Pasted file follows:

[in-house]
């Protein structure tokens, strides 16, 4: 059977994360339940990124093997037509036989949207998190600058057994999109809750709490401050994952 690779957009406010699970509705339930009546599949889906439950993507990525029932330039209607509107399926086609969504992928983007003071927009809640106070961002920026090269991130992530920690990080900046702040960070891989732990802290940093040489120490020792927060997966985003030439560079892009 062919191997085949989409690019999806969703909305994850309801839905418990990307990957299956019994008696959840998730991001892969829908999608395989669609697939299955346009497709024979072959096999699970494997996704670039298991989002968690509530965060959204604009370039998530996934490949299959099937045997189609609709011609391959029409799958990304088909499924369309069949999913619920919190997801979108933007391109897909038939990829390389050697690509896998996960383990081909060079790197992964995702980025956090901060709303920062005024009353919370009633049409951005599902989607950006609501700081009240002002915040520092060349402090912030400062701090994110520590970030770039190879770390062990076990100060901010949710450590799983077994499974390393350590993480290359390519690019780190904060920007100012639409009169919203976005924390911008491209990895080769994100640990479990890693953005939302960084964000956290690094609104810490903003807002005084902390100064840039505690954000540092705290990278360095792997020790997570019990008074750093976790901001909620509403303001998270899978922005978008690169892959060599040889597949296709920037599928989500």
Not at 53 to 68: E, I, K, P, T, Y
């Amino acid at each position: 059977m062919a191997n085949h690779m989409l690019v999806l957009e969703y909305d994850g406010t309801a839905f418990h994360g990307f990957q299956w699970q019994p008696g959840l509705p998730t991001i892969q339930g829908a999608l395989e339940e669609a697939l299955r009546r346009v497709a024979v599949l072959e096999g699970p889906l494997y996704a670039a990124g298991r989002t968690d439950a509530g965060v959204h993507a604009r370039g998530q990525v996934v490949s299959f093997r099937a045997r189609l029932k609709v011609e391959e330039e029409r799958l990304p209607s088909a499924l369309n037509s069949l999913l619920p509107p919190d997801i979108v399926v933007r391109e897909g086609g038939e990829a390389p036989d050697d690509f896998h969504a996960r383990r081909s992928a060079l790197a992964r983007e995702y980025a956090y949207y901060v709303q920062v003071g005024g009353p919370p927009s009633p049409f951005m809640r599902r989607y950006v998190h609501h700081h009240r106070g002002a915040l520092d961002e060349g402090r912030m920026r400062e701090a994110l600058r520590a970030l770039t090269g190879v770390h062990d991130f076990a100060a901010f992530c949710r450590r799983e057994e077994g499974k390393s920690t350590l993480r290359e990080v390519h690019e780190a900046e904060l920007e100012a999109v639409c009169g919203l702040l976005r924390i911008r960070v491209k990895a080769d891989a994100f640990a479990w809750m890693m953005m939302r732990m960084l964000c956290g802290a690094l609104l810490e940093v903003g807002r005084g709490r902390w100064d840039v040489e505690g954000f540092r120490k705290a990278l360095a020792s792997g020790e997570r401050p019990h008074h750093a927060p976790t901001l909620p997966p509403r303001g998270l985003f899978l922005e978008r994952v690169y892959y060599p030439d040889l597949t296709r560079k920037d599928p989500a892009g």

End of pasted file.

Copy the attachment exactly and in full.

[in-house]
């Protein structure tokens, strides 16, 4: 059977994360339940990124093997037509036989949207998190600058057994999109809750709490401050994952 690779957009406010699970509705339930009546599949889906439950993507990525029932330039209607509107399926086609969504992928983007003071927009809640106070961002920026090269991130992530920690990080900046702040960070891989732990802290940093040489120490020792927060997966985003030439560079892009 062919191997085949989409690019999806969703909305994850309801839905418990990307990957299956019994008696959840998730991001892969829908999608395989669609697939299955346009497709024979072959096999699970494997996704670039298991989002968690509530965060959204604009370039998530996934490949299959099937045997189609609709011609391959029409799958990304088909499924369309069949999913619920919190997801979108933007391109897909038939990829390389050697690509896998996960383990081909060079790197992964995702980025956090901060709303920062005024009353919370009633049409951005599902989607950006609501700081009240002002915040520092060349402090912030400062701090994110520590970030770039190879770390062990076990100060901010949710450590799983077994499974390393350590993480290359390519690019780190904060920007100012639409009169919203976005924390911008491209990895080769994100640990479990890693953005939302960084964000956290690094609104810490903003807002005084902390100064840039505690954000540092705290990278360095792997020790997570019990008074750093976790901001909620509403303001998270899978922005978008690169892959060599040889597949296709920037599928989500």
Not at 53 to 68: E, I, K, P, T, Y
């Amino acid at each position: 059977m062919a191997n085949h690779m989409l690019v999806l957009e969703y909305d994850g406010t309801a839905f418990h994360g990307f990957q299956w699970q019994p008696g959840l509705p998730t991001i892969q339930g829908a999608l395989e339940e669609a697939l299955r009546r346009v497709a024979v599949l072959e096999g699970p889906l494997y996704a670039a990124g298991r989002t968690d439950a509530g965060v959204h993507a604009r370039g998530q990525v996934v490949s299959f093997r099937a045997r189609l029932k609709v011609e391959e330039e029409r799958l990304p209607s088909a499924l369309n037509s069949l999913l619920p509107p919190d997801i979108v399926v933007r391109e897909g086609g038939e990829a390389p036989d050697d690509f896998h969504a996960r383990r081909s992928a060079l790197a992964r983007e995702y980025a956090y949207y901060v709303q920062v003071g005024g009353p919370p927009s009633p049409f951005m809640r599902r989607y950006v998190h609501h700081h009240r106070g002002a915040l520092d961002e060349g402090r912030m920026r400062e701090a994110l600058r520590a970030l770039t090269g190879v770390h062990d991130f076990a100060a901010f992530c949710r450590r799983e057994e077994g499974k390393s920690t350590l993480r290359e990080v390519h690019e780190a900046e904060l920007e100012a999109v639409c009169g919203l702040l976005r924390i911008r960070v491209k990895a080769d891989a994100f640990a479990w809750m890693m953005m939302r732990m960084l964000c956290g802290a690094l609104l810490e940093v903003g807002r005084g709490r902390w100064d840039v040489e505690g954000f540092r120490k705290a990278l360095a020792s792997g020790e997570r401050p019990h008074h750093a927060p976790t901001l909620p997966p509403r303001g998270l985003f899978l922005e978008r994952v690169y892959y060599p030439d040889l597949t296709r560079k920037d599928p989500a892009g």